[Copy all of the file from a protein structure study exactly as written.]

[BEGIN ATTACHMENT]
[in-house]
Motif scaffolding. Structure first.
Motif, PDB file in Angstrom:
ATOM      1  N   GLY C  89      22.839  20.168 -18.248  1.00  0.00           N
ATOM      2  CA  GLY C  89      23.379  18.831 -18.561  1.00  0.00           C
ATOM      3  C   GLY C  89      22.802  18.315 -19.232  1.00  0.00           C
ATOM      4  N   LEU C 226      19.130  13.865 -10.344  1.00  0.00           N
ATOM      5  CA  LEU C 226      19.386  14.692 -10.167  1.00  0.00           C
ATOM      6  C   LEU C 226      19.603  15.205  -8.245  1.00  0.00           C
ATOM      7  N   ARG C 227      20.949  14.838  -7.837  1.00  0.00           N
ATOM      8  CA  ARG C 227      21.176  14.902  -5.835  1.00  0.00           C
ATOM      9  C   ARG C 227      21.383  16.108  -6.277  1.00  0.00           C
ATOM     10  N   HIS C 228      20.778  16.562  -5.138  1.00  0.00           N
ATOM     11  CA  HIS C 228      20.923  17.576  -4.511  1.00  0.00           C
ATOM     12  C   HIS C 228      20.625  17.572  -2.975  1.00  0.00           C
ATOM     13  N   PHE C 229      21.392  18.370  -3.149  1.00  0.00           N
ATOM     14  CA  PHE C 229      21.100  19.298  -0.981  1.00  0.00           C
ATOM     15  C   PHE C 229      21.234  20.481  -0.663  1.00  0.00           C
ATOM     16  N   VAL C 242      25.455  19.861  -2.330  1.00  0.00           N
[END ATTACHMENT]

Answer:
[in-house]
Motif scaffolding. Structure first.
Motif, PDB file in Angstrom:
ATOM      1  N   GLY C  89      22.839  20.168 -18.248  1.00  0.00           N
ATOM      2  CA  GLY C  89      23.379  18.831 -18.561  1.00  0.00           C
ATOM      3  C   GLY C  89      22.802  18.315 -19.232  1.00  0.00           C
ATOM      4  N   LEU C 226      19.130  13.865 -10.344  1.00  0.00           N
ATOM      5  CA  LEU C 226      19.386  14.692 -10.167  1.00  0.00           C
ATOM      6  C   LEU C 226      19.603  15.205  -8.245  1.00  0.00           C
ATOM      7  N   ARG C 227      20.949  14.838  -7.837  1.00  0.00           N
ATOM      8  CA  ARG C 227      21.176  14.902  -5.835  1.00  0.00           C
ATOM      9  C   ARG C 227      21.383  16.108  -6.277  1.00  0.00           C
ATOM     10  N   HIS C 228      20.778  16.562  -5.138  1.00  0.00           N
ATOM     11  CA  HIS C 228      20.923  17.576  -4.511  1.00  0.00           C
ATOM     12  C   HIS C 228      20.625  17.572  -2.975  1.00  0.00           C
ATOM     13  N   PHE C 229      21.392  18.370  -3.149  1.00  0.00           N
ATOM     14  CA  PHE C 229      21.100  19.298  -0.981  1.00  0.00           C
ATOM     15  C   PHE C 229      21.234  20.481  -0.663  1.00  0.00           C
ATOM     16  N   VAL C 242      25.455  19.861  -2.330  1.00  0.00           N